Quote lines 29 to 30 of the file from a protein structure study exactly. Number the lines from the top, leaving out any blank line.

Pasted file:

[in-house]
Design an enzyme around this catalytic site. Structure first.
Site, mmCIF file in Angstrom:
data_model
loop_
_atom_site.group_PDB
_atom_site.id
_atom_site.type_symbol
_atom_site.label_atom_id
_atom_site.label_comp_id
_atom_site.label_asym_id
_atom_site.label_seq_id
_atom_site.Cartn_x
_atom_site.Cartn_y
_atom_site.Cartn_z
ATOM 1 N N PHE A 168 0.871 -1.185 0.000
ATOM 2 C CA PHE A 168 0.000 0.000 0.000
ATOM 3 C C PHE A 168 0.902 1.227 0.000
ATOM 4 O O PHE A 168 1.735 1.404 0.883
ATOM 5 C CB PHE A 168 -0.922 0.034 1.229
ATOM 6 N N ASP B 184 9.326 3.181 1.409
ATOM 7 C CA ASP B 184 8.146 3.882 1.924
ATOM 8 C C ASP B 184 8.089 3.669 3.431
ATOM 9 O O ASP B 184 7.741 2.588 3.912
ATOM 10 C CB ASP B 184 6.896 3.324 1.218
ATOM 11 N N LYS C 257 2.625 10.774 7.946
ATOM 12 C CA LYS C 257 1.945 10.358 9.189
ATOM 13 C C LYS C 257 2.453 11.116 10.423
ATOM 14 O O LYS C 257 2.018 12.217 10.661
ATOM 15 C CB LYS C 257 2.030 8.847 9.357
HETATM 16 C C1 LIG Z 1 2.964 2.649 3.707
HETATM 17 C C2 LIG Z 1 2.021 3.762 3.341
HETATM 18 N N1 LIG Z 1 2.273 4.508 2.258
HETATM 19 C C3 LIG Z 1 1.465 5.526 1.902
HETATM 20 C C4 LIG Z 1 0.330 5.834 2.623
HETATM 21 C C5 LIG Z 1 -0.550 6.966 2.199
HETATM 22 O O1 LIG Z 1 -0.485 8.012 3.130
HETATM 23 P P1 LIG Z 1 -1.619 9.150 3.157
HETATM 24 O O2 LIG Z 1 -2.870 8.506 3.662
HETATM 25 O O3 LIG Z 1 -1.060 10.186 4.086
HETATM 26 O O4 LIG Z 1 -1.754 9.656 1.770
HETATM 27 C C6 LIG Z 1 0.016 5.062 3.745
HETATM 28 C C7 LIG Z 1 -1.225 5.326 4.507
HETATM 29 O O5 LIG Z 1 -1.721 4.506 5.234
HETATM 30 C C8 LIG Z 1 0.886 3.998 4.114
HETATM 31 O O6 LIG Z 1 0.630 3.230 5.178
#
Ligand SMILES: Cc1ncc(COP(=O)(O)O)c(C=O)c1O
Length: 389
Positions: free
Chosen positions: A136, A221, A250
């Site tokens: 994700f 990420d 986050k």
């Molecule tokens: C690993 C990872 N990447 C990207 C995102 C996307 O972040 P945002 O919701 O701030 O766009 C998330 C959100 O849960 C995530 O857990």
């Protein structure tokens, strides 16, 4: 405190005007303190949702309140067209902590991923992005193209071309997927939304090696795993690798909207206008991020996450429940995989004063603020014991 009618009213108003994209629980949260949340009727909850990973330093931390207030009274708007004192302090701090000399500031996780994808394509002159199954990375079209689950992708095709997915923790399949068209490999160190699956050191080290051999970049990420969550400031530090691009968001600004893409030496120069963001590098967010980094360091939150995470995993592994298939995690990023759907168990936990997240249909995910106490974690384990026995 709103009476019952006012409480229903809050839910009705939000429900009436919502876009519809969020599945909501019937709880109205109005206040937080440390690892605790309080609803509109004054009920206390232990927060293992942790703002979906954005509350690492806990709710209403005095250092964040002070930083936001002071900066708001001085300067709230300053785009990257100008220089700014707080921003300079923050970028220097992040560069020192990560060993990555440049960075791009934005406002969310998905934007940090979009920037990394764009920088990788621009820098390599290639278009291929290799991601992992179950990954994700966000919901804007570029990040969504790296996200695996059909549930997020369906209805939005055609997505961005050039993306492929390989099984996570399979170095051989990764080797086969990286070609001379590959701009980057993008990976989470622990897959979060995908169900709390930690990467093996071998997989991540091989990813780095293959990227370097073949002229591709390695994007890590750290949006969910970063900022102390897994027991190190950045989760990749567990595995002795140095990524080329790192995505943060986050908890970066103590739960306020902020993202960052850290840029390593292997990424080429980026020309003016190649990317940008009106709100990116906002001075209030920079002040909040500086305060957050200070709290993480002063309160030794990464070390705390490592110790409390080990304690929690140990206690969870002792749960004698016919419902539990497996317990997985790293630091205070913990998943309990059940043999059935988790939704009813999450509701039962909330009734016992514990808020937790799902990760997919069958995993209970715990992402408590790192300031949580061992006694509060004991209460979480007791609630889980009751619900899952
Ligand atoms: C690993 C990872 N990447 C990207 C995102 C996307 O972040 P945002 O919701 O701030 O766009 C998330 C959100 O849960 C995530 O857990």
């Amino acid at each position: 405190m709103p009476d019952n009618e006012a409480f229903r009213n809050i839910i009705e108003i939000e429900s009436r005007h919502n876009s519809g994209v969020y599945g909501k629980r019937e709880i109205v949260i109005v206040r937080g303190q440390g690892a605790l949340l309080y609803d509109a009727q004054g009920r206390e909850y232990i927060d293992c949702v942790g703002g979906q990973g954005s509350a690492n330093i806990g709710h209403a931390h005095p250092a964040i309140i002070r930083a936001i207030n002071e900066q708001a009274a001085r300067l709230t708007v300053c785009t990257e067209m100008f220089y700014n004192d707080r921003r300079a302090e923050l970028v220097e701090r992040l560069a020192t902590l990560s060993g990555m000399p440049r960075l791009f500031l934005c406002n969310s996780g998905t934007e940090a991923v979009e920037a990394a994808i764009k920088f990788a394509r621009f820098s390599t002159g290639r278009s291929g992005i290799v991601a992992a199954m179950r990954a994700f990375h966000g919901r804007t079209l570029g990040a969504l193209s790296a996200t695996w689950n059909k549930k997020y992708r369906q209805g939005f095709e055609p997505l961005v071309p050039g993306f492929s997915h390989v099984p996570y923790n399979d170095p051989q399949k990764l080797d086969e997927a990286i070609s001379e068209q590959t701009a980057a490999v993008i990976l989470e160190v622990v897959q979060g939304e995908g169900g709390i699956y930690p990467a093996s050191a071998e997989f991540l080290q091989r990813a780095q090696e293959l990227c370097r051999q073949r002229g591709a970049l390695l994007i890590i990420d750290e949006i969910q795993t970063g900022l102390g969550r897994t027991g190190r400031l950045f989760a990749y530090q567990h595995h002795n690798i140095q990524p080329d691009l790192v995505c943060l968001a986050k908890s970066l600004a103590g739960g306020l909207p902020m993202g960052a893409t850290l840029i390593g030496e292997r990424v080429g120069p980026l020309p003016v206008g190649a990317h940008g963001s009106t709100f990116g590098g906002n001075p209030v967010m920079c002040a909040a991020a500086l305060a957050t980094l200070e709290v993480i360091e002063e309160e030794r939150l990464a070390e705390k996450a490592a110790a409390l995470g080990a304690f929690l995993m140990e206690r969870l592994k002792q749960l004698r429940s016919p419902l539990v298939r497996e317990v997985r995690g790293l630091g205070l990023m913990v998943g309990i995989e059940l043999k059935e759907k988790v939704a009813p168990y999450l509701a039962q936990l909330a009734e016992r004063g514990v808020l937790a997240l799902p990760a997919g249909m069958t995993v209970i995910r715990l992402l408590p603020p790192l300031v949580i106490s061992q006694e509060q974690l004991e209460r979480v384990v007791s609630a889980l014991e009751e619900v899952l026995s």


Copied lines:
ATOM 14 O O LYS C 257 2.018 12.217 10.661
ATOM 15 C CB LYS C 257 2.030 8.847 9.357